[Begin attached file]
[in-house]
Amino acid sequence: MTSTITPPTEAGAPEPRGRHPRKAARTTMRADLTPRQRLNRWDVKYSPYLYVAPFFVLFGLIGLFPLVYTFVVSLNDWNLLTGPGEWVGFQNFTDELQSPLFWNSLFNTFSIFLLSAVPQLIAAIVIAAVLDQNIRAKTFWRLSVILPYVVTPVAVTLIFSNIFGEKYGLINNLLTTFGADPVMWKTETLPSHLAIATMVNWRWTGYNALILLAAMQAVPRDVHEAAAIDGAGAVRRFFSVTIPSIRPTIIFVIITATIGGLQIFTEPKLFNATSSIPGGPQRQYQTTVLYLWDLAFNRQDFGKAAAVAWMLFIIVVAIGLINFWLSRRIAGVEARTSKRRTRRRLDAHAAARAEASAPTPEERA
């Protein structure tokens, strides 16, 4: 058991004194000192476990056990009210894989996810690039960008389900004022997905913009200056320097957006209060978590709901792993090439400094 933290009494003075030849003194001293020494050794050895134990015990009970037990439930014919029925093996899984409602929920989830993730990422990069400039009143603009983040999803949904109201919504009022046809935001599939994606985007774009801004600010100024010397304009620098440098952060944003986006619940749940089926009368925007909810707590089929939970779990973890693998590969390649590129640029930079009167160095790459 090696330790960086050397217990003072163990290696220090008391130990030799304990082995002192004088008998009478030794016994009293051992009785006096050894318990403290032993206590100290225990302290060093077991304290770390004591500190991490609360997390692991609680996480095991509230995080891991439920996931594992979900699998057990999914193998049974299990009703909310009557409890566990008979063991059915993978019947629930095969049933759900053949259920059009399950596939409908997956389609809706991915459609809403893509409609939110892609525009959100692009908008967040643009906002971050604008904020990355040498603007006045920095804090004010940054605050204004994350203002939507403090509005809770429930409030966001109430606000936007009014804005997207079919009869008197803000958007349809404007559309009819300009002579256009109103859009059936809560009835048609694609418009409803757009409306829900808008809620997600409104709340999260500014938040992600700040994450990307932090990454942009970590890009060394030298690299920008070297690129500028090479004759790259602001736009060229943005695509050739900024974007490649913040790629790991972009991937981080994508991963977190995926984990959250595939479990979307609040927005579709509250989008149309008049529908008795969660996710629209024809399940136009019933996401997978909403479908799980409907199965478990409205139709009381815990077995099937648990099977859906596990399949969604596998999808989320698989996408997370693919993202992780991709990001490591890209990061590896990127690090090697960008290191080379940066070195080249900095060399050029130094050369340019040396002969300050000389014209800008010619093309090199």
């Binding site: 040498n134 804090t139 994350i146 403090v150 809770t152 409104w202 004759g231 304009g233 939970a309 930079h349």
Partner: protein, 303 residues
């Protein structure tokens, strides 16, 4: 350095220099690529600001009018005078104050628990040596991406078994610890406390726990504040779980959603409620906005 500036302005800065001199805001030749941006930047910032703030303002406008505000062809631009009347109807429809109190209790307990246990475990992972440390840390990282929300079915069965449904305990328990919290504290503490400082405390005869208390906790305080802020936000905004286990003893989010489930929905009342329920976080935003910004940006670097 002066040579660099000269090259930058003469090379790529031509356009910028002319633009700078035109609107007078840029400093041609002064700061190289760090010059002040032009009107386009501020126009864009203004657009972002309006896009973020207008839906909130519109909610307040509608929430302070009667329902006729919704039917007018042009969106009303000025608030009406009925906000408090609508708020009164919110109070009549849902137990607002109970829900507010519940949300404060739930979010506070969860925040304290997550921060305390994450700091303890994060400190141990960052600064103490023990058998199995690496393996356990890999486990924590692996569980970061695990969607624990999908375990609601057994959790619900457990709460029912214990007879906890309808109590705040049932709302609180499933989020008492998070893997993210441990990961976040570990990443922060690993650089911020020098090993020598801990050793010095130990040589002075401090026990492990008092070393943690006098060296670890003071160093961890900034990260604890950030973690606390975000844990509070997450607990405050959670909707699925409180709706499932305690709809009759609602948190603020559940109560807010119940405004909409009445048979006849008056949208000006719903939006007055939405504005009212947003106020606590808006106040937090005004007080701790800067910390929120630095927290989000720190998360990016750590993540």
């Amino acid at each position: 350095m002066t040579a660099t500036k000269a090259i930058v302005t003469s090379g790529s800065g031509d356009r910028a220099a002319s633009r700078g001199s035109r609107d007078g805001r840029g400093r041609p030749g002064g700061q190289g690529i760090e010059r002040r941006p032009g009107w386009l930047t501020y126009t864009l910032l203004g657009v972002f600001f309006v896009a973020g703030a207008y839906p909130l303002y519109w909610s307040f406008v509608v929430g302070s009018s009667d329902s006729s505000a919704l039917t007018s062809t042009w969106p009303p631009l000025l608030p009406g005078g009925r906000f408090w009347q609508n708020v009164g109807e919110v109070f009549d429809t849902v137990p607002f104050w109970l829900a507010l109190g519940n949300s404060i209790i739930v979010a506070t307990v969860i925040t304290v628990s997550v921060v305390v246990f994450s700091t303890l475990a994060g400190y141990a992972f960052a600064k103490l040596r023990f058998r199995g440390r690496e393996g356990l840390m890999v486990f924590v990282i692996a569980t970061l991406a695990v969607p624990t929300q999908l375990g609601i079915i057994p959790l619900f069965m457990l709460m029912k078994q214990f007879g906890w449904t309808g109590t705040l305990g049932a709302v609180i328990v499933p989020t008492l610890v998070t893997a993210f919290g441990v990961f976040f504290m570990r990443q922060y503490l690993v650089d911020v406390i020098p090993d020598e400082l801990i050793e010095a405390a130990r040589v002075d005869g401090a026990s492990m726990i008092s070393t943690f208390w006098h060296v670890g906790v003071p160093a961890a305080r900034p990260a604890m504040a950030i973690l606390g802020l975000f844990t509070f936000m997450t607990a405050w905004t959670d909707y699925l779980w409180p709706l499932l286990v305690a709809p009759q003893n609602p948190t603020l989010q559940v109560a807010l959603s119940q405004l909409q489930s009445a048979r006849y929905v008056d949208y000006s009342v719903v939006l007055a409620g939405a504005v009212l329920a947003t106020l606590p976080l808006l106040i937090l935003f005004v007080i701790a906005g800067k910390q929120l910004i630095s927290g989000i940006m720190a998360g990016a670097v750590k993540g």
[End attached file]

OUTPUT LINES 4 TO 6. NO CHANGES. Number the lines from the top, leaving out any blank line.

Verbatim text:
């Binding site: 040498n134 804090t139 994350i146 403090v150 809770t152 409104w202 004759g231 304009g233 939970a309 930079h349």
Partner: protein, 303 residues
């Protein structure tokens, strides 16, 4: 350095220099690529600001009018005078104050628990040596991406078994610890406390726990504040779980959603409620906005 500036302005800065001199805001030749941006930047910032703030303002406008505000062809631009009347109807429809109190209790307990246990475990992972440390840390990282929300079915069965449904305990328990919290504290503490400082405390005869208390906790305080802020936000905004286990003893989010489930929905009342329920976080935003910004940006670097 002066040579660099000269090259930058003469090379790529031509356009910028002319633009700078035109609107007078840029400093041609002064700061190289760090010059002040032009009107386009501020126009864009203004657009972002309006896009973020207008839906909130519109909610307040509608929430302070009667329902006729919704039917007018042009969106009303000025608030009406009925906000408090609508708020009164919110109070009549849902137990607002109970829900507010519940949300404060739930979010506070969860925040304290997550921060305390994450700091303890994060400190141990960052600064103490023990058998199995690496393996356990890999486990924590692996569980970061695990969607624990999908375990609601057994959790619900457990709460029912214990007879906890309808109590705040049932709302609180499933989020008492998070893997993210441990990961976040570990990443922060690993650089911020020098090993020598801990050793010095130990040589002075401090026990492990008092070393943690006098060296670890003071160093961890900034990260604890950030973690606390975000844990509070997450607990405050959670909707699925409180709706499932305690709809009759609602948190603020559940109560807010119940405004909409009445048979006849008056949208000006719903939006007055939405504005009212947003106020606590808006106040937090005004007080701790800067910390929120630095927290989000720190998360990016750590993540």